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From "William A. Rowe, Jr." <wr...@rowe-clan.net>
Subject Re: AW: restructuring mod_ssl as an overlay
Date Thu, 08 Jun 2006 12:00:29 GMT
Plüm wrote:
> 
>>Von: Joe Orton
> 
>>On Wed, Jun 07, 2006 at 02:03:33PM -0700, Roy T. Fielding wrote:
>>
>>>Okay, let me put it in a different way.  The alternatives are
>>>
>>> 1) retain the status quo, forbid distributing ssl binaries, and 
>>>    include in our documentation that people in banned 
>>>    countries are not allowed to download httpd 2.x.
>>
>>This gets my vote.

To prevent x number of people in the world from having a public discourse
via the web?  We are discussing people, software users, not governments.

I'm glad to hear your vote though.  Now I'll keep watching the list for
the recent RMs' and binary packagers' opinions on the matter.

Provided every member of this project agrees in general that information
and software distribution is good, and all politics aside, there's no reason
not to ensure broadest possible adoption of our tarballs sans crypto.

>>I don't see why it's necessary for the ASF to be in 
>>the business of distributing binaries; letting other people assume the 
>>technical and legal responsibilites for doing that seems reasonable.

Ahhh, the preface of what Roy pointed out.  Yes of course, since that's
what pays your salary I'm not terribly surprised... ("other people" being
the Red Hats, IBMs, Covalents, HPs, Suns etc etc.)  Let's face it, we
(collectively, as people paid to work within httpd's sphere of influence)
are supporting more and more customers who are -not- running some official
vendor package from our employeers, but rather supporting more who have
deployed an ASF package.

I actually think that a) says good things about us, and b) With continuing
vendor / packaging / configuration flaws, who blames them?

Of course, hrm... rather pays my paycheck, too.  Wonder why on earth I've
been putting up binaries at httpd.apache.org or advocating for resolution ;-?
Certainly it isn't to sell more copies of our companies' bundle.  Perhaps, it's
about overall project adoption, and giving back the favor of something that
I spent several hundred hours of voulenteer time 'hacking at', because I needed
to get up to speed on the technology for colocated unix, and had a few Win32
boxes sitting in front of me.  It happened to mostly work when I started using
it, learned it, deployed my customer's sites on unix after validating them in
Win32.  Oh - and fixed some things that didn't make sense.

Perhaps also, because there will always be room for vendor packages with all
of the associated QA and production release control, that doesn't altogether
exist in naked open source.  We should be about moving forward, and there
is your 'vendors and others' nitch ... let them (well, yes some of -us- wearing
our other hats) worry about the technical nits like production quality.

At home here in the states, just consider the impact of wireless, shared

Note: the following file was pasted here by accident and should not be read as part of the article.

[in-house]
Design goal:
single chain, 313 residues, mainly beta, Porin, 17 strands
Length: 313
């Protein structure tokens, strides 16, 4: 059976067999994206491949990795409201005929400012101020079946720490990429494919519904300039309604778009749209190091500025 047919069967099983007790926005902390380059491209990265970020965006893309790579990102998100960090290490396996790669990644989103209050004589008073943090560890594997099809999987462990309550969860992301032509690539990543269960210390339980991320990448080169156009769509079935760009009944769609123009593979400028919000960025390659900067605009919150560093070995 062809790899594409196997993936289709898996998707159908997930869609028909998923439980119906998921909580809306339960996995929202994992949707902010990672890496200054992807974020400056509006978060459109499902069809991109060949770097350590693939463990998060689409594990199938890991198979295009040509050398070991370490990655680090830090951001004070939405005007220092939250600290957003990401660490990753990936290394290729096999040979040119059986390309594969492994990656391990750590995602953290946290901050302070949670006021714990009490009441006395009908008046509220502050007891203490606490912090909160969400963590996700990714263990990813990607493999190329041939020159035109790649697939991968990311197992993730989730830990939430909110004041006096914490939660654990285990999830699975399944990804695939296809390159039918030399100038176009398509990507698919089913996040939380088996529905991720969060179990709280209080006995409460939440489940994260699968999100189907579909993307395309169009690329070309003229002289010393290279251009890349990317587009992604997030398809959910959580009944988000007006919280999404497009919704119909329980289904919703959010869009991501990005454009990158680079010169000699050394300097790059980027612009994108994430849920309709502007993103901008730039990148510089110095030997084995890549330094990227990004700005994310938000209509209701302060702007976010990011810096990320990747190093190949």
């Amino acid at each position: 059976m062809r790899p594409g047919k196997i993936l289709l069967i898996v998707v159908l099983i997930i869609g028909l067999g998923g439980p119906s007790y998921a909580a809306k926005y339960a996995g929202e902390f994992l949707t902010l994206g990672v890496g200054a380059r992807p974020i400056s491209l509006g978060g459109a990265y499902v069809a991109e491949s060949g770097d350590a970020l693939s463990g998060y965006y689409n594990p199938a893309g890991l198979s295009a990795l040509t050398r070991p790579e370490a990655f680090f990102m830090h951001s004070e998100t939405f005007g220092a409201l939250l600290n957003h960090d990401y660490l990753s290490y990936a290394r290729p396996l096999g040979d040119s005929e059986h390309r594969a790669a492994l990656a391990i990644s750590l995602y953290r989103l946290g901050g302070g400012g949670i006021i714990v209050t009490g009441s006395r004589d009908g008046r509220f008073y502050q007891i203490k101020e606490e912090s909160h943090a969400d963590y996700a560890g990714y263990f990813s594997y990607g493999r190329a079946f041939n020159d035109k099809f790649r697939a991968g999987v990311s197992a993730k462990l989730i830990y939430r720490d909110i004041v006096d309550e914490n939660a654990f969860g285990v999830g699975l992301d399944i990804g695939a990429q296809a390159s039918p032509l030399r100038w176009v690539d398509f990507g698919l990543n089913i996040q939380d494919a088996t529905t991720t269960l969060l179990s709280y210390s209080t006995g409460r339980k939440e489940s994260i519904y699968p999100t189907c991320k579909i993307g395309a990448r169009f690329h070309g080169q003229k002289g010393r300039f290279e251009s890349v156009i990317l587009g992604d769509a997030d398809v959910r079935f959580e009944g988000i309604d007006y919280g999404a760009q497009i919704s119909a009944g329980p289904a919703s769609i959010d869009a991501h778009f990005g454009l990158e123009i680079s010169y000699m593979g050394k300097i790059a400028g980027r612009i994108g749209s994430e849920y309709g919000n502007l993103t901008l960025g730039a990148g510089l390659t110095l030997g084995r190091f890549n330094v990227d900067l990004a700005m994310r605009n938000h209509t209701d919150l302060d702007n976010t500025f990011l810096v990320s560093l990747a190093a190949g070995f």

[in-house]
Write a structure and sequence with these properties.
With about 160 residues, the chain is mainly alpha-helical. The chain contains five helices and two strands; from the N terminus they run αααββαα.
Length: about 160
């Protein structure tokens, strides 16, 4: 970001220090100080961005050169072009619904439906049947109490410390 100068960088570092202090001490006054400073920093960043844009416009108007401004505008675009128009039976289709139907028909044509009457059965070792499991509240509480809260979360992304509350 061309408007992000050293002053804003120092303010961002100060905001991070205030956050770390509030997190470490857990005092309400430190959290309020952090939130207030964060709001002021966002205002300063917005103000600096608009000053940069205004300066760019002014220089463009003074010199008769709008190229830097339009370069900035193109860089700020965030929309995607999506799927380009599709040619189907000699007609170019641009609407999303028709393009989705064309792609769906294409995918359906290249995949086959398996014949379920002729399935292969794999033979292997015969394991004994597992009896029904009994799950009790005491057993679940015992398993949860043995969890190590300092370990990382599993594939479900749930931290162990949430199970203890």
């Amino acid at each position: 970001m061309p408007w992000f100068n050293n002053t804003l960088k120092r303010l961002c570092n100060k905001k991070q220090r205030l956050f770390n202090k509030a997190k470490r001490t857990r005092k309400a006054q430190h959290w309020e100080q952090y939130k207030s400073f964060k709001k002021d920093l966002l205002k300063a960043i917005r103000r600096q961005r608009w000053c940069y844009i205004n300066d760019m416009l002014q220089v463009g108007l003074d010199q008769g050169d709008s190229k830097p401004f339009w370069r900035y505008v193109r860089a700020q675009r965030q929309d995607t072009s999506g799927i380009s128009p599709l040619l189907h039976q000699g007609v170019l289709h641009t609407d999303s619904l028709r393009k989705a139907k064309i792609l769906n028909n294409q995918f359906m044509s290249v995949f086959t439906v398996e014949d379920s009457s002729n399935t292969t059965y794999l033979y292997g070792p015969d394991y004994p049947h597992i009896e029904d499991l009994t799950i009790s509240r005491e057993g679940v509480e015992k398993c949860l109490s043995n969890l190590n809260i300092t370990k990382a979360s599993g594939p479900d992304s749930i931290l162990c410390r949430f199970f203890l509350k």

cable segements and other public access points.  HTTP is a wonderful thing,
easy to debug, quite transparent.  In those environments, too transparent.
If more secured and user-identifing websites are encrypted, this is a net
win to the end users, and our webserver administrators.

Ahh but of course, you are talking about -windows- binaries that we should
not produce.  Of course, that would appear consistent with company policy.
And I see a few other binaries released recently, but oddly enough, no files
owned by jorton.  Perhaps ... while you scratch your itch, those who keep
filling that /dist/httpd/binaries/ tree will scratch theirs?

Let me offer that we've done a bad job mopping up insecure versions out of
the /dist/httpd/binaries/ tree and should decide on a method of reaping
stale packages.  And that I agree we need to make clear -everywhere- that
binaries are a convience, provided as a gift of one of the voulenteer project
members, not an expectation.  Some users have had misassumptions on this front
in the not-to-distant past.  Suggestions welcome.

>>The documentation work necessary would be greater if mod_ssl is split 
>>into a separate package, and having mod_ssl in the tree is one of the 
>>compelling features of 2.x anyway.

Yes, of course.  Minor nits - but import to close.  After all, we clearly
documented how to migrated from 2.0 to 2.2.

> Provided that we do not find a solution that allows us to keep mod_ssl inside
> the httpd tree (having an additional non ssl source tar ball that has the
> modules/ssl directory removed during rolling the package seems to be 
> acceptable to me (not knowing if this would solve our legal pains))
> I agree with Joe.

Roy's pointed out, IIUC, that notification was provided for cvs (erm, the svn
wasn't yet, was it?  Big todo and good reason to collect such datum in a central
repository of crypto-locations at the ASF, since this sort of thing will be
inevitably missed in refactoring, e.g. the cvs->svn transition) and that won't
be so critical.  Someone can check out svn in pieces.  They can grab a tarball,
instead.

So I don't think that factoring it out-of-the-tree is the right solution.
Providing an alternate tarball from our current working tree seems saner.

Roll-Release seems the right place to address this, e.g. we already create both
dos and unix lineending formats and then pack it up three ways.  It's not all
that much trouble to type in your pgp passphrase another few times, as the RM?

Bill


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